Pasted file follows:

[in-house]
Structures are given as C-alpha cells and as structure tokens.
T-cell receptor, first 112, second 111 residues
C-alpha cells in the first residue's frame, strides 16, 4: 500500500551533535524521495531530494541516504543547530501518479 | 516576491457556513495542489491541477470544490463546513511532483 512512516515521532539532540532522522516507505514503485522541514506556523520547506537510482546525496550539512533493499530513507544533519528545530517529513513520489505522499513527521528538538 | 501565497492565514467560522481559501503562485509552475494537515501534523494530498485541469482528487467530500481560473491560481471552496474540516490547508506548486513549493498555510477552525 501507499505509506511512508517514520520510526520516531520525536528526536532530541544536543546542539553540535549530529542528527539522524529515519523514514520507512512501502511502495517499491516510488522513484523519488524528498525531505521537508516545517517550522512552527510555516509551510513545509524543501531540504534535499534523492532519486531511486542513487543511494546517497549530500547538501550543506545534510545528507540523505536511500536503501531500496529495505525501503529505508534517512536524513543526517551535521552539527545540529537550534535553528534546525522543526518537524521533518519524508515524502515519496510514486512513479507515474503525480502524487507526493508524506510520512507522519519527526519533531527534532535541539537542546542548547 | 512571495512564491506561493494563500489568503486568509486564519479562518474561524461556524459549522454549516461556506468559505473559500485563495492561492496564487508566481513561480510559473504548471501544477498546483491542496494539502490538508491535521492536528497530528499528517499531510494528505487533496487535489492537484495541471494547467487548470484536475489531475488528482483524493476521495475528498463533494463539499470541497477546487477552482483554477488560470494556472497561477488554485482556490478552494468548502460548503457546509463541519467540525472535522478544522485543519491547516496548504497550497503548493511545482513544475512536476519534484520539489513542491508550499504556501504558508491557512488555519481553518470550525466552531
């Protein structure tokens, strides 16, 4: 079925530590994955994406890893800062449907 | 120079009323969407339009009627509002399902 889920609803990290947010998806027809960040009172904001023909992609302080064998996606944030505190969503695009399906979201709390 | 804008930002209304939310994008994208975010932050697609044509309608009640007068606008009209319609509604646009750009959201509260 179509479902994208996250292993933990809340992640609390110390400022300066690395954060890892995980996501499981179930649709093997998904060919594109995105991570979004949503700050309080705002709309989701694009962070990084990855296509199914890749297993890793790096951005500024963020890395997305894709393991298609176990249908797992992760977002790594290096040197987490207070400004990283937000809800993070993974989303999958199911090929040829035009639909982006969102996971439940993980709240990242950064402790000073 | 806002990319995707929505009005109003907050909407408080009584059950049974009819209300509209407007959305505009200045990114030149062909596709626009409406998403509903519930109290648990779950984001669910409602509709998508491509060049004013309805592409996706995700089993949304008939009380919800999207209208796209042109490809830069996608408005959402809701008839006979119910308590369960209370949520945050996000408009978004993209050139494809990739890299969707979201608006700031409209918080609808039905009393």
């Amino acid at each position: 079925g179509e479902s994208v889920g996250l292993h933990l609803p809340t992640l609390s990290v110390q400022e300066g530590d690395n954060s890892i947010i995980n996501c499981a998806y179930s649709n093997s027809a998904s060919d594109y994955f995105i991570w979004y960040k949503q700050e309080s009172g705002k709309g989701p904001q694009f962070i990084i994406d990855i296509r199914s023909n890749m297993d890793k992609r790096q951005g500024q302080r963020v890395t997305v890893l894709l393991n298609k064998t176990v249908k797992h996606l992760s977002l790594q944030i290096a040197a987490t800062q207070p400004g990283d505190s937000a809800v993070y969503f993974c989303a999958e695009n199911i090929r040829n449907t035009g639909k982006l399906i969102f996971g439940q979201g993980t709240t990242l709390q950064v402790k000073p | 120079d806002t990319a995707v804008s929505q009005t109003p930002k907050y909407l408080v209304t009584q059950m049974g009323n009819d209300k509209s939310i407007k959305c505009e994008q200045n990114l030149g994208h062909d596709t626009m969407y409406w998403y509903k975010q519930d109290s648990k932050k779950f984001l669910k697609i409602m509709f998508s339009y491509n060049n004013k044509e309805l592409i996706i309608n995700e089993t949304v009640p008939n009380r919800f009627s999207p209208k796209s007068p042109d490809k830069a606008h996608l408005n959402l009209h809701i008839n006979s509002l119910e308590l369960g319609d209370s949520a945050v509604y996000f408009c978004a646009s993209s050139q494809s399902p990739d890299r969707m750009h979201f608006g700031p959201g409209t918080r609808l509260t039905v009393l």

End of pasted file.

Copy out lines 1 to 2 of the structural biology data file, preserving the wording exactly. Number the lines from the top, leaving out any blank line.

[in-house]
Structures are given as C-alpha cells and as structure tokens.